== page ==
Take Our Daughters and Sons To Work Day
Do we ever have some fun activities lined up for my girls this Thursday!
(My daughters, that is - usually when I say "my girls" I'm referring to a portion of my anatomy; but nothing fun seems very likely to happen to them any time in the foreseeable future, particularly not on a Thursday.)
The list of presentations and activities for the kids was sent out this afternoon. I have to say that some of them appear more likely to engage the attention of little ones than others: the "Puppet Show about bicycle safety, buckling up, street signs, etc.," for instance, will probably draw a somewhat more enthusiastic crowd than "Introduction to Construction and Maintenance Contract Qualification, Bidding and Contract Award."
Then again, as Bill remarked, my kids may come home with a working knowledge of how to broker under-the-table deals - always a useful skill.
Several of the entries appear as if no one bothered to spell-check them, or indeed gain more than a rudimentary grasp of English before writing them. "Description of how to bridge a built and DVD on spaghetti bridge building," for one, while not entirely comprehensible, should make you think twice about driving on grade-separated intersections for a while.
(That particular presentation is actually being put on by Human Resources, from whom illiteracy can be expected as a matter of course.* Still, my engineer friend Heather once remarked casually as we drove over the bifurcation between the eastbound and westbound flyovers from I-35 to Hwy. 71 - a project in which she had been involved - that she had never quite figured out exactly what was holding the structure up.)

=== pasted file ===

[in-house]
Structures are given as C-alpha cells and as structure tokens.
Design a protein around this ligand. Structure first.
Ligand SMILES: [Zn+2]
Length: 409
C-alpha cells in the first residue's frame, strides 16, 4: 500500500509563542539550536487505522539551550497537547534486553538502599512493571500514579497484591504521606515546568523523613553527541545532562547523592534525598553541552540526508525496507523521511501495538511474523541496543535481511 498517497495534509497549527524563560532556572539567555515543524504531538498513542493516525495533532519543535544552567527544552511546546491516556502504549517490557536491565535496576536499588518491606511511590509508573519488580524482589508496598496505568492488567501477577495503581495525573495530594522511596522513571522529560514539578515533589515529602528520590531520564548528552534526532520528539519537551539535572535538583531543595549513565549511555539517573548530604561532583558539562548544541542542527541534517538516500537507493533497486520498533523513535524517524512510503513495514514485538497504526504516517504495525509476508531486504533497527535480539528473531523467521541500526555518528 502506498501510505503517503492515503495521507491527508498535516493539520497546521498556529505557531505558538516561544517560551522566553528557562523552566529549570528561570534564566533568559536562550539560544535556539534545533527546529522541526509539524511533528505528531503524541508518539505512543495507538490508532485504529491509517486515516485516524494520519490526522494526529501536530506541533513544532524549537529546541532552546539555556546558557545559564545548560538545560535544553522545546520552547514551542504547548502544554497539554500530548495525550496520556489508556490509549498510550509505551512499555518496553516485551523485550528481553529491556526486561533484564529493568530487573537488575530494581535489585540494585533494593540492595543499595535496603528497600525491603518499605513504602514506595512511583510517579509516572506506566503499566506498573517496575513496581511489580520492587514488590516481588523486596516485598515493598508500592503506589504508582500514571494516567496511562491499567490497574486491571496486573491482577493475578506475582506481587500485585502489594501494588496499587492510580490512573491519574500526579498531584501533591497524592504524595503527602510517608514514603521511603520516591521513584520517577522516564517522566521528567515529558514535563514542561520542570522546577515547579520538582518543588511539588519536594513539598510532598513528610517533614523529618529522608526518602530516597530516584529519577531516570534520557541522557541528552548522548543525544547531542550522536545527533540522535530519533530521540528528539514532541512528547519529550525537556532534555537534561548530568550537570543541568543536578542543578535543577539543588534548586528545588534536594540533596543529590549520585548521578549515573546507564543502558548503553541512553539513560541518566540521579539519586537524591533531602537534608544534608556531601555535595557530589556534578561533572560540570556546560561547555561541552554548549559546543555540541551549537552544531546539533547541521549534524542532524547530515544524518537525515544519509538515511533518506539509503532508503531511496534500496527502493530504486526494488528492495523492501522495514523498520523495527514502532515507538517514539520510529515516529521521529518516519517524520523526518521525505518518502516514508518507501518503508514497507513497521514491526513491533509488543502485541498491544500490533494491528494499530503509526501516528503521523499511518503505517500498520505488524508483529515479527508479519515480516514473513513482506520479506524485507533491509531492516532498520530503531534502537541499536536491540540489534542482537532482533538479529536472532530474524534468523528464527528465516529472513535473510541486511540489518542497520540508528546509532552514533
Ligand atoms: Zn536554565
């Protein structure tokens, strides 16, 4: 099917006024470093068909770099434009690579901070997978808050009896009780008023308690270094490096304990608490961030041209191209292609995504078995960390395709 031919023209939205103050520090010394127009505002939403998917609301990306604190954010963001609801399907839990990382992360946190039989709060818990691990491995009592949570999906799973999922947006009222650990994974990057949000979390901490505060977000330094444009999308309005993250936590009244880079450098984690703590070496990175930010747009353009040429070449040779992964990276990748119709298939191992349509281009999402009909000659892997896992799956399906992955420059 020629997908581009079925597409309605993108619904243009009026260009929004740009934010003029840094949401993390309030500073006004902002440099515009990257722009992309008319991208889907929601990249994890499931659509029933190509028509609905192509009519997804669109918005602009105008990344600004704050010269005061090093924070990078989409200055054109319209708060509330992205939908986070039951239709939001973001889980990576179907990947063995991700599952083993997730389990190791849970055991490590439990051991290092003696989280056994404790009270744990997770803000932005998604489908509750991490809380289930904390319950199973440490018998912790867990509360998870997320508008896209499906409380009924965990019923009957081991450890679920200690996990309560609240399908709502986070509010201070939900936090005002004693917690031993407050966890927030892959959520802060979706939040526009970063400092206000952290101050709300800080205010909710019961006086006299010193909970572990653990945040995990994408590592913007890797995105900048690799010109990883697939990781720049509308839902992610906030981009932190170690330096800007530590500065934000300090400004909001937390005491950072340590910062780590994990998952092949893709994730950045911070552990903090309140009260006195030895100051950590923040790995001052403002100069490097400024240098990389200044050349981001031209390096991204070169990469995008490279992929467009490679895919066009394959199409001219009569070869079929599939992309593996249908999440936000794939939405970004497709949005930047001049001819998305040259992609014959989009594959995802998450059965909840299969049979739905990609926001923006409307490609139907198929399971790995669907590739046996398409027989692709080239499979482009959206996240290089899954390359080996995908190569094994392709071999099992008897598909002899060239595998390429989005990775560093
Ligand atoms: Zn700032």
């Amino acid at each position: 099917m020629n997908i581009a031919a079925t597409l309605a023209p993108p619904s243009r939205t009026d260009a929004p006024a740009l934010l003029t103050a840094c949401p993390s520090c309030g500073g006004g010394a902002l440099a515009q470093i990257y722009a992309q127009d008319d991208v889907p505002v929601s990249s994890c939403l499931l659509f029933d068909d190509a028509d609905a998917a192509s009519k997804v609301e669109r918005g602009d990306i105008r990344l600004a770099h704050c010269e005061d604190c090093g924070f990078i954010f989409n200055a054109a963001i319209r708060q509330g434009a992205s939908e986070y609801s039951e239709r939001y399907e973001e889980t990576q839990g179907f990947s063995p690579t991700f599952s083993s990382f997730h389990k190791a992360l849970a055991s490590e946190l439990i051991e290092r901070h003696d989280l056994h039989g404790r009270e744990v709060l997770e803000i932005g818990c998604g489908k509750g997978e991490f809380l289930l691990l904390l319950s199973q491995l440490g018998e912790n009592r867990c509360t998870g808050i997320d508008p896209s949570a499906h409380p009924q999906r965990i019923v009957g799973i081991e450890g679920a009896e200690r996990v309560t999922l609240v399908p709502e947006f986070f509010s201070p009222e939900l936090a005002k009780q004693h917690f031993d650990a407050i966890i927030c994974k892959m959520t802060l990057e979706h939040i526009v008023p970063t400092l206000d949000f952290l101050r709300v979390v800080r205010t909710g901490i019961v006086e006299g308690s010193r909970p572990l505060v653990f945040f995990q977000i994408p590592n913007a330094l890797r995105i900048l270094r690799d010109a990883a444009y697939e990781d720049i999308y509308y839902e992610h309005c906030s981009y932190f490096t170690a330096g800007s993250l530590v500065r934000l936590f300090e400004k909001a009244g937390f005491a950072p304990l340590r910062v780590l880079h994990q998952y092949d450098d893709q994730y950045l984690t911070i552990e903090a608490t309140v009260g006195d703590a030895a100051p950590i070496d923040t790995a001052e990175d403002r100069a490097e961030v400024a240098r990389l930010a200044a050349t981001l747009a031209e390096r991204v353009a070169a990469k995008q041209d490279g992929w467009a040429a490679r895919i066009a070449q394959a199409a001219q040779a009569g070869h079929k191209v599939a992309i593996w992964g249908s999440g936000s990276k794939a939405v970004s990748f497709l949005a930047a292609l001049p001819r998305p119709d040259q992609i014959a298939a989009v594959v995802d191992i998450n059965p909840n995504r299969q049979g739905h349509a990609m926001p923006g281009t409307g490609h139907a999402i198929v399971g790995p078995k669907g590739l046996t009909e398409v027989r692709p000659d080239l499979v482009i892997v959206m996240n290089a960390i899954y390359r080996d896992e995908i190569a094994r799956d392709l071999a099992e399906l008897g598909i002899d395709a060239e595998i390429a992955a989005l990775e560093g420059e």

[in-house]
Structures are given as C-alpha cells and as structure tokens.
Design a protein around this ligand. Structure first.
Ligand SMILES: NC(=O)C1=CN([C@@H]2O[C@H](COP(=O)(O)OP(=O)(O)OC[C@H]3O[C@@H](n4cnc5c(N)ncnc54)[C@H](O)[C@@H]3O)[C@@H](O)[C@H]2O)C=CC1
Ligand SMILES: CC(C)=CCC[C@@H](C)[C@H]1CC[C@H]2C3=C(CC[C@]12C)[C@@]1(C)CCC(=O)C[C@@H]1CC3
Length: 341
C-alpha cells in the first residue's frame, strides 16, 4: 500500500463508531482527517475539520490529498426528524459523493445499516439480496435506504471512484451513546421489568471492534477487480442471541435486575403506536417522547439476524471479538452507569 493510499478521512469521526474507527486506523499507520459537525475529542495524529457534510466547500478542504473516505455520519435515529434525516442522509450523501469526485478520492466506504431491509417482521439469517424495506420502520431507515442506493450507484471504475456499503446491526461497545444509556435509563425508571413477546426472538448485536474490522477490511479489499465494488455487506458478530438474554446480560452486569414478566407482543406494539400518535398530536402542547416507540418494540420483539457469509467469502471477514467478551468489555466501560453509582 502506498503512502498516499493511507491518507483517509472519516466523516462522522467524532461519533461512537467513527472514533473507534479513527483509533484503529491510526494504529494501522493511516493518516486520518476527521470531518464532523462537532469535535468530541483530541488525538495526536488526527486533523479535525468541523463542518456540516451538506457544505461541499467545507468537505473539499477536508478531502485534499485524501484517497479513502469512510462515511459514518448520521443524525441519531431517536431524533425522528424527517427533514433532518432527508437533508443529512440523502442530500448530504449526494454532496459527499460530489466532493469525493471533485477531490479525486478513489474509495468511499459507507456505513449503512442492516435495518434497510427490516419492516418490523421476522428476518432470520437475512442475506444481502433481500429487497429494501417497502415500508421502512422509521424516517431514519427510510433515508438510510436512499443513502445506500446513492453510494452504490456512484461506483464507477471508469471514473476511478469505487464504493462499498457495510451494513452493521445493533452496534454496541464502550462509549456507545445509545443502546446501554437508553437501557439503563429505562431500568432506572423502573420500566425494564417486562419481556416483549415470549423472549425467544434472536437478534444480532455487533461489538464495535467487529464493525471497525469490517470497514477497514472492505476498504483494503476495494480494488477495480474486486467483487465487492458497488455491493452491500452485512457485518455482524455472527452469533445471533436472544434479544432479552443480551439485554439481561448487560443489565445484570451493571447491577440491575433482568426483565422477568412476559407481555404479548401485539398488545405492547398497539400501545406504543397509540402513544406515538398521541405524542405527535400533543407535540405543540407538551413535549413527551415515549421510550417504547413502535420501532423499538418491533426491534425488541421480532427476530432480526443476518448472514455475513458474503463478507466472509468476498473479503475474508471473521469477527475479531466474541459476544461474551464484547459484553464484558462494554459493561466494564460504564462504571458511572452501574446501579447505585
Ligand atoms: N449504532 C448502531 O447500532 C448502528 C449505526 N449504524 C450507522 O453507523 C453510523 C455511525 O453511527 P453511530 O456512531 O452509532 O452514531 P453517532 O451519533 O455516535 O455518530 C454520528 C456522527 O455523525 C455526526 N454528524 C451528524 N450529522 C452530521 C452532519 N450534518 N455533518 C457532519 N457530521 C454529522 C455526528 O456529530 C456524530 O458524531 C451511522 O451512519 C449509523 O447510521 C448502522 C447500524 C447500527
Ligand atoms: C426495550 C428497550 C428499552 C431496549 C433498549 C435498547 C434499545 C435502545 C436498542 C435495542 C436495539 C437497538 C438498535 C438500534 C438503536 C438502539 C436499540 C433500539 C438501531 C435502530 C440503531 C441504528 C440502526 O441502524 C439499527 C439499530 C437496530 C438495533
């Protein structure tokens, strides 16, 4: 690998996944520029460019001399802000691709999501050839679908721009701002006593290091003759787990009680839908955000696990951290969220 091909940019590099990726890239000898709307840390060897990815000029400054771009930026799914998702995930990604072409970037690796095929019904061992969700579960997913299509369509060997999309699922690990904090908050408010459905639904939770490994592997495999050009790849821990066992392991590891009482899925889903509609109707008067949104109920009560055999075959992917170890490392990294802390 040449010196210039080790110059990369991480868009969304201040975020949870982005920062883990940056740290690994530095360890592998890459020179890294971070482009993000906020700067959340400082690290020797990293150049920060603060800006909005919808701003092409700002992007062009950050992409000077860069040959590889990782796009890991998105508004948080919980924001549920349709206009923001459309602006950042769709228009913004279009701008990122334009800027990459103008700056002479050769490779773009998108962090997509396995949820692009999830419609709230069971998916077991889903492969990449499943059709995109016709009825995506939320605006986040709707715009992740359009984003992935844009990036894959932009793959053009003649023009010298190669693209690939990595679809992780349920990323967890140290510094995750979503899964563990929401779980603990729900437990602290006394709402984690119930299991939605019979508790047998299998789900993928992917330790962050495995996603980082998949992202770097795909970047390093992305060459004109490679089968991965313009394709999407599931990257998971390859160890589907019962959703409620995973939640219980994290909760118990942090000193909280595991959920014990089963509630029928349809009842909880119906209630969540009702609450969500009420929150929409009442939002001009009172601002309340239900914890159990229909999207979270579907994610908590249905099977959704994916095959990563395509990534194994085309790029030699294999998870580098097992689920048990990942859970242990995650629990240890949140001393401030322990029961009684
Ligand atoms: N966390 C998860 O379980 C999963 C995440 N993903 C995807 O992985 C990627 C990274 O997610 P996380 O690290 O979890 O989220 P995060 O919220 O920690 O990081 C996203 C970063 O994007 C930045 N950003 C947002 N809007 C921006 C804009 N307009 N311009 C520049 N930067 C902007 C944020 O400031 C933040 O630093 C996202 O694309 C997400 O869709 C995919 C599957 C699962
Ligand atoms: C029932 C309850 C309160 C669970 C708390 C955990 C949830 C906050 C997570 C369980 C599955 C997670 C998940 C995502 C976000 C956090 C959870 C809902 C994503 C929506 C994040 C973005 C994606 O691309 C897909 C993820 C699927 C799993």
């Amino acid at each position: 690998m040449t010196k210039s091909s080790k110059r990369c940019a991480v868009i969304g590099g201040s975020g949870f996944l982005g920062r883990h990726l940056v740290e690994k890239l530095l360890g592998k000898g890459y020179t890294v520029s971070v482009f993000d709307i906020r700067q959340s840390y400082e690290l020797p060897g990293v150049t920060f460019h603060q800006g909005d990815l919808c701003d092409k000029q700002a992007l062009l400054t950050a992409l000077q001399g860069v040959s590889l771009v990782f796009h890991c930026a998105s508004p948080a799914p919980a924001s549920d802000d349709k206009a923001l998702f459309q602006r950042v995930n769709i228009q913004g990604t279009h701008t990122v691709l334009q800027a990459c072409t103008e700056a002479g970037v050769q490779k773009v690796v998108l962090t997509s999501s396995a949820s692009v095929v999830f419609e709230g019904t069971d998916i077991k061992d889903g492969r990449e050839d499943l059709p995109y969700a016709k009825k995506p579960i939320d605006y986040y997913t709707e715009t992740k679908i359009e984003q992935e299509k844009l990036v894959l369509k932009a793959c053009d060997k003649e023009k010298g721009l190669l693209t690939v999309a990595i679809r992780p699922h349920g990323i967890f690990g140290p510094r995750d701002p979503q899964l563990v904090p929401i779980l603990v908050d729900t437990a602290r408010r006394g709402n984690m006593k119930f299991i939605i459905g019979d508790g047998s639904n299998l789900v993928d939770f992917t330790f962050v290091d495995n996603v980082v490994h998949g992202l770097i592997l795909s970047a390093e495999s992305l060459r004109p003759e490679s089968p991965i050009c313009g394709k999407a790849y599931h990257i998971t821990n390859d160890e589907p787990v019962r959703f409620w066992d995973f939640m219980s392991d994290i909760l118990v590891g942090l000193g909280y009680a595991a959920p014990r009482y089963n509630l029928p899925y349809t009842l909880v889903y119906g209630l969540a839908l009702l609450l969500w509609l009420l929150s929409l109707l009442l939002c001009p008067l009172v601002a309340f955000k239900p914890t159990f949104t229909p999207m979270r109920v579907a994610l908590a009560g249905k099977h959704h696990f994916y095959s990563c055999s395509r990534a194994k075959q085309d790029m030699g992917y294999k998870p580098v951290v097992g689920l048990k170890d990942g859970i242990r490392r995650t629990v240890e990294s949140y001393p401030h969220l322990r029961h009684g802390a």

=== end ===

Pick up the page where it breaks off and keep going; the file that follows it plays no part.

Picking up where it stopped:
There's a "Roll Over Convincer demo," described as intended to "Educate public of dangers of not buckling up," being held in the parking lot. Robbie thought maybe the kids should wear helmets for that one.
And there's also one on how to become a car dealer in Texas, which is just great. As if our children's future weren't bleak enough without the prospect of them becoming car salesmen.
Conspicuous by their absence are presentations on chain-smoking, fending off unwelcome attention from creepy guys, snazzy fashion tips for creepy guys (bright colors are your friend!), working with obsolete technology, and going on break. Without these, the kids will never get a real feel for what it's like to be a state employee.
Once the official activities are over, I'll bring Katie and Anna along on break. See, girls? This is what Mommy does all day.
*Except of course for Greg's wife, and any HR personnel who may stumble across this and consider Dooce-ing me. You guys are the greatest! Remind me to buy you a drink sometime!